Among the Kung Fu Panda movies, the first remains my favorite. Not only did it have a more interesting character arc for Po (one of my favorite martial artists in fiction) but it’s by far with the most depth. Master Oogway’s “present” quote is one of the most memorably profound movie lines I’ve ever encountered (I find its powerful truth resonating with relevance in my life till this day). Nevertheless, I enjoyed Kung Fu Panda 3 as much as its predecessors.
In Kung Panda 3, Po is reunited with his biological father – something foreshadowed at the end of the second movie. Meanwhile, a powerful immortal named Kai – who is capable of turning warriors into jade amulets, stealing their chi, and putting them under his control – arrives from the spirit world. Kai used to be Master Oogway’s friend, but his greed for power left Oogway no choice but to banish him to the spirit world. Now that he’s back in the mortal world, he’s keen of destroying Oogway’s legacy – by demolishing the Jade Palace and enslaving his students. Learning that only a master of true chi can defeat Kai, Po goes with his father to the secret panda village so that he can learn it since chi is supposedly an inherent ability of pandas. As Po learns more of his kind’s fun-loving ways and undergoes “training”, Master Shifu and the Furious Five are left at the Jade Palace to slow Kai down.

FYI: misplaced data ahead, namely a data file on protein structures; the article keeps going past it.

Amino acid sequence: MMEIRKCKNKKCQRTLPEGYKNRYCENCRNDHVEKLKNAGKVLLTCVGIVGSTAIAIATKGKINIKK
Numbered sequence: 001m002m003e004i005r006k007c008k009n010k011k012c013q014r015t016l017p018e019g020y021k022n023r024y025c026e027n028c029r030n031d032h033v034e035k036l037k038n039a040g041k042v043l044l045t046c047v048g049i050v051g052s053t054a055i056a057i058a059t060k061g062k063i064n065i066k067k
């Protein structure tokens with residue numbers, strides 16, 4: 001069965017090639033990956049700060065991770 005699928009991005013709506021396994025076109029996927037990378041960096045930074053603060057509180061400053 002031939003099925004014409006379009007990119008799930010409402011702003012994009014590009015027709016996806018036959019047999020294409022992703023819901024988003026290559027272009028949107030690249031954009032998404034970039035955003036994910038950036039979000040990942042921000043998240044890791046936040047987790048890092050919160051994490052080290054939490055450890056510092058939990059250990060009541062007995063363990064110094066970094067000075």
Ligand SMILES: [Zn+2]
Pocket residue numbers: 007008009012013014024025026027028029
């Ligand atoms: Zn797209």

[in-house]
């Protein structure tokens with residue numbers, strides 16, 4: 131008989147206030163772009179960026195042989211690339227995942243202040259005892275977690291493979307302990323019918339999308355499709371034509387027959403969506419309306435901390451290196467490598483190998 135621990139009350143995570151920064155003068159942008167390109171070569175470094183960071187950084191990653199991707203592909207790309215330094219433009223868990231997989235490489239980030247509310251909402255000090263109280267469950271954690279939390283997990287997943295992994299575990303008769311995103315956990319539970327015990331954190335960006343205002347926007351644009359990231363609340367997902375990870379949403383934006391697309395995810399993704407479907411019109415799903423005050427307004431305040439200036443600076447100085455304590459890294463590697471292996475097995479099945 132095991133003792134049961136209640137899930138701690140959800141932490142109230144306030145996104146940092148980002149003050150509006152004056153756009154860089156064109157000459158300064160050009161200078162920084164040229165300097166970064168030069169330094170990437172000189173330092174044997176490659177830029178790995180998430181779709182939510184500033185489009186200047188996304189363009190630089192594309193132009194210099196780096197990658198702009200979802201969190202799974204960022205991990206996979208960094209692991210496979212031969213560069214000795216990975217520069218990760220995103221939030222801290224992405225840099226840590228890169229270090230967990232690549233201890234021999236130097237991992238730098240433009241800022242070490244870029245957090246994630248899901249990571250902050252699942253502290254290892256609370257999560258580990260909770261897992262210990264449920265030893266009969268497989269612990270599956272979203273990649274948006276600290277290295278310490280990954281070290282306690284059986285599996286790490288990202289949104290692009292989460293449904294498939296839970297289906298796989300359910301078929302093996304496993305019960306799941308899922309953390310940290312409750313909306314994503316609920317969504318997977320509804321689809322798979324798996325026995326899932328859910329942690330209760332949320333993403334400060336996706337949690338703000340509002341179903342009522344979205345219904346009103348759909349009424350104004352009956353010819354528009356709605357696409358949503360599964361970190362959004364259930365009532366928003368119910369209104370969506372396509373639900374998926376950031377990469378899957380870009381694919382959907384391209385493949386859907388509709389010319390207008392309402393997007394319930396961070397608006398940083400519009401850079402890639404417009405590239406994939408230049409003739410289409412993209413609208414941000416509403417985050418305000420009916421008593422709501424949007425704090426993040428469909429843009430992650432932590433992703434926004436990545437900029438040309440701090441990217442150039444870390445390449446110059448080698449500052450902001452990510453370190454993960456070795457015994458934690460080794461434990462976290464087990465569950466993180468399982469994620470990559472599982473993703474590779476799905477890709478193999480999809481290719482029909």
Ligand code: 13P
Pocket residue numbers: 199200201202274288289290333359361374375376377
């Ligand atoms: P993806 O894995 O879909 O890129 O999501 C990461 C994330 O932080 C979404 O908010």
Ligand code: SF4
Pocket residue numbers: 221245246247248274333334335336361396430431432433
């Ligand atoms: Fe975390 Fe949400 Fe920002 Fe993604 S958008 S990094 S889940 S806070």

Watching Kung Fu Panda 3, I noticed that it has a similar core plot line with the first two movies: a powerful villain arrives, and in order to defeat him, Po has to learn a new kung fu technique, which he only learns after experiencing a resounding defeat in battle. Still, the sequels execute this template extremely well and wrap interesting subplots around it that they still achieve being endearing and fresh.
The all-star cast’s voice acting is engaging, especially Jack Black, whose performance as Po is as adorable, hilarious, and vibrant as the overall movie. The action sequences are great, though the previous movie’s was better, in my opinion. And the narrative is satisfyingly well-paced.
Kung Fu Panda 3 is an energetic, cute, funny, and visually pleasing animated movie that can be unanimously enjoyed by every member of the family.
It’s not in the same level as Toy Story, but Kung Fu Panda can now also boast of succeeding as a quality trilogy (which very few animated movie franchises can do). There’s no need to follow up with another movie, but if the studio chooses to do so, I would welcome it – even if it adapts that uniform story structure once again.